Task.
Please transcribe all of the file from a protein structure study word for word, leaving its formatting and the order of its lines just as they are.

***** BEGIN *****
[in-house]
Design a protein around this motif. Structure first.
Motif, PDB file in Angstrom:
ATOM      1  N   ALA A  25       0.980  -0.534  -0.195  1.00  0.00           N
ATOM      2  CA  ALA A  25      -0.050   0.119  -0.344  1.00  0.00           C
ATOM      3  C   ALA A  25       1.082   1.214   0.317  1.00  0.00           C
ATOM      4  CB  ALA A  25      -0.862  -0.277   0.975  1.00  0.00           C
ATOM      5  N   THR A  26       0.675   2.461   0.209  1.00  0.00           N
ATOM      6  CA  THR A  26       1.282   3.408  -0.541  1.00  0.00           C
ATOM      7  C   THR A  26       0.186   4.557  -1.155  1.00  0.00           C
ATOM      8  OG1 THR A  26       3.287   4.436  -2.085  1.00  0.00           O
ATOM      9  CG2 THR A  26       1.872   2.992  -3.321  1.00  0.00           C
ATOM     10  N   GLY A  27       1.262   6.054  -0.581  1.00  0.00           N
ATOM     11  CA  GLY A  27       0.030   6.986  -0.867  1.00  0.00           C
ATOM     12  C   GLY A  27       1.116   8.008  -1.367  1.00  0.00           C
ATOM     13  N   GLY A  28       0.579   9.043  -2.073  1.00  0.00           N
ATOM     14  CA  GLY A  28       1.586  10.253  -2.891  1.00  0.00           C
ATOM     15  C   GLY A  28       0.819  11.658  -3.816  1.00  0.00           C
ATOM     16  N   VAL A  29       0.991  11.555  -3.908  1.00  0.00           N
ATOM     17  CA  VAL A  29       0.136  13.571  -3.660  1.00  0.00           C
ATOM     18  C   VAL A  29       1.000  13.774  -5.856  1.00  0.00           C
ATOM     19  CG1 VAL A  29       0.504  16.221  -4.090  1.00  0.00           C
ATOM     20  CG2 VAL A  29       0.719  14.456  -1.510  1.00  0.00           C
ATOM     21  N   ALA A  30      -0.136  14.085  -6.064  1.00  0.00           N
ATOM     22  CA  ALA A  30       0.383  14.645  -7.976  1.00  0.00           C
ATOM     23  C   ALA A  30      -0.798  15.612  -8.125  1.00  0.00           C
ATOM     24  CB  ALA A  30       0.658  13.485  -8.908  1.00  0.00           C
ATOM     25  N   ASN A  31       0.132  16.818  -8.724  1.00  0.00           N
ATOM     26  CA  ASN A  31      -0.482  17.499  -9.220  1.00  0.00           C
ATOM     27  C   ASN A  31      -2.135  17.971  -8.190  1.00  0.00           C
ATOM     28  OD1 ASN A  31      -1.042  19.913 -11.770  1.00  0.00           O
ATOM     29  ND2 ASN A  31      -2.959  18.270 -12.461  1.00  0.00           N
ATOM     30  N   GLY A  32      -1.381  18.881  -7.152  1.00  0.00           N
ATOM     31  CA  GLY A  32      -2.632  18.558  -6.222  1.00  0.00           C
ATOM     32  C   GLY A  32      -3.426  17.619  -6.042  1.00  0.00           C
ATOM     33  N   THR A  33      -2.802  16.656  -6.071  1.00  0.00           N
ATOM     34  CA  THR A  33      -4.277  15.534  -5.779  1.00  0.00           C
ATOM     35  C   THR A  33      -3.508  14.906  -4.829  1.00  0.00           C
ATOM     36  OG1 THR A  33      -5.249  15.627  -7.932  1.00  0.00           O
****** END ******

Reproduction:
[in-house]
Design a protein around this motif. Structure first.
Motif, PDB file in Angstrom:
ATOM      1  N   ALA A  25       0.980  -0.534  -0.195  1.00  0.00           N
ATOM      2  CA  ALA A  25      -0.050   0.119  -0.344  1.00  0.00           C
ATOM      3  C   ALA A  25       1.082   1.214   0.317  1.00  0.00           C
ATOM      4  CB  ALA A  25      -0.862  -0.277   0.975  1.00  0.00           C
ATOM      5  N   THR A  26       0.675   2.461   0.209  1.00  0.00           N
ATOM      6  CA  THR A  26       1.282   3.408  -0.541  1.00  0.00           C
ATOM      7  C   THR A  26       0.186   4.557  -1.155  1.00  0.00           C
ATOM      8  OG1 THR A  26       3.287   4.436  -2.085  1.00  0.00           O
ATOM      9  CG2 THR A  26       1.872   2.992  -3.321  1.00  0.00           C
ATOM     10  N   GLY A  27       1.262   6.054  -0.581  1.00  0.00           N
ATOM     11  CA  GLY A  27       0.030   6.986  -0.867  1.00  0.00           C
ATOM     12  C   GLY A  27       1.116   8.008  -1.367  1.00  0.00           C
ATOM     13  N   GLY A  28       0.579   9.043  -2.073  1.00  0.00           N
ATOM     14  CA  GLY A  28       1.586  10.253  -2.891  1.00  0.00           C
ATOM     15  C   GLY A  28       0.819  11.658  -3.816  1.00  0.00           C
ATOM     16  N   VAL A  29       0.991  11.555  -3.908  1.00  0.00           N
ATOM     17  CA  VAL A  29       0.136  13.571  -3.660  1.00  0.00           C
ATOM     18  C   VAL A  29       1.000  13.774  -5.856  1.00  0.00           C
ATOM     19  CG1 VAL A  29       0.504  16.221  -4.090  1.00  0.00           C
ATOM     20  CG2 VAL A  29       0.719  14.456  -1.510  1.00  0.00           C
ATOM     21  N   ALA A  30      -0.136  14.085  -6.064  1.00  0.00           N
ATOM     22  CA  ALA A  30       0.383  14.645  -7.976  1.00  0.00           C
ATOM     23  C   ALA A  30      -0.798  15.612  -8.125  1.00  0.00           C
ATOM     24  CB  ALA A  30       0.658  13.485  -8.908  1.00  0.00           C
ATOM     25  N   ASN A  31       0.132  16.818  -8.724  1.00  0.00           N
ATOM     26  CA  ASN A  31      -0.482  17.499  -9.220  1.00  0.00           C
ATOM     27  C   ASN A  31      -2.135  17.971  -8.190  1.00  0.00           C
ATOM     28  OD1 ASN A  31      -1.042  19.913 -11.770  1.00  0.00           O
ATOM     29  ND2 ASN A  31      -2.959  18.270 -12.461  1.00  0.00           N
ATOM     30  N   GLY A  32      -1.381  18.881  -7.152  1.00  0.00           N
ATOM     31  CA  GLY A  32      -2.632  18.558  -6.222  1.00  0.00           C
ATOM     32  C   GLY A  32      -3.426  17.619  -6.042  1.00  0.00           C
ATOM     33  N   THR A  33      -2.802  16.656  -6.071  1.00  0.00           N
ATOM     34  CA  THR A  33      -4.277  15.534  -5.779  1.00  0.00           C
ATOM     35  C   THR A  33      -3.508  14.906  -4.829  1.00  0.00           C
ATOM     36  OG1 THR A  33      -5.249  15.627  -7.932  1.00  0.00           O